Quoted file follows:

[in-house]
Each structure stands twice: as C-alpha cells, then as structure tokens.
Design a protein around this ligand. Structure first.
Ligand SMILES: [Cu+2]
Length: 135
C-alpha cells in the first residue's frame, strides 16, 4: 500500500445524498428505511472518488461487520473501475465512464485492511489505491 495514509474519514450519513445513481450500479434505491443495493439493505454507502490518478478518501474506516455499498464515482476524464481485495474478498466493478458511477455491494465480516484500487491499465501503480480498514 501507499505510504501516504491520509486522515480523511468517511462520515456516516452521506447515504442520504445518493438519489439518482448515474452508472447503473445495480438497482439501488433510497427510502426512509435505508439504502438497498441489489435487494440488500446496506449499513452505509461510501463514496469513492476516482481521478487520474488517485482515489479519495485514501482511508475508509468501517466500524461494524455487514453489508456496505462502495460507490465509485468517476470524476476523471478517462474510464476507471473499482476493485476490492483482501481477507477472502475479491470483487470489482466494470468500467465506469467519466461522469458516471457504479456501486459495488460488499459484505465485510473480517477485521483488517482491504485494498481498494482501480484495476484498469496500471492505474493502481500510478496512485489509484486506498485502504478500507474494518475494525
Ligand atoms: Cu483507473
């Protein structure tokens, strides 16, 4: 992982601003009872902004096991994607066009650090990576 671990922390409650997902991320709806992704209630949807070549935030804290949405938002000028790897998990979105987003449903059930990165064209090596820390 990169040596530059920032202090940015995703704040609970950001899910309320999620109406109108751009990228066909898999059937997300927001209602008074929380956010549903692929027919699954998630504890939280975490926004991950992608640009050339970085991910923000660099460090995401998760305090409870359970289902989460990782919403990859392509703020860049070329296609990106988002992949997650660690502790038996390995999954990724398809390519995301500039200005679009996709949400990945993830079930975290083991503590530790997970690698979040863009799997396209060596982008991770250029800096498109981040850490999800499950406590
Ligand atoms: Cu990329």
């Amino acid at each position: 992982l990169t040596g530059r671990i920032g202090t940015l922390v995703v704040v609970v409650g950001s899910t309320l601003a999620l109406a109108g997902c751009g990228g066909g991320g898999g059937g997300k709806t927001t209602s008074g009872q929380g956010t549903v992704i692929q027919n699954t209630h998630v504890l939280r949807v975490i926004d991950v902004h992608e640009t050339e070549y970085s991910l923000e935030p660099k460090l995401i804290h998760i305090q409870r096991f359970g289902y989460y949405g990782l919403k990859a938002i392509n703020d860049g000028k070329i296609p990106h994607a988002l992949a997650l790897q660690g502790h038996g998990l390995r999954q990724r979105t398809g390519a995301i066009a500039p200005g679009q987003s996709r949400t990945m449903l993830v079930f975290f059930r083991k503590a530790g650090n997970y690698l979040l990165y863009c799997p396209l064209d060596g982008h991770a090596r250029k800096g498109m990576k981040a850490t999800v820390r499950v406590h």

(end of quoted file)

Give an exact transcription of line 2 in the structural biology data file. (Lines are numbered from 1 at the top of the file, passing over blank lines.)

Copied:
Each structure stands twice: as C-alpha cells, then as structure tokens.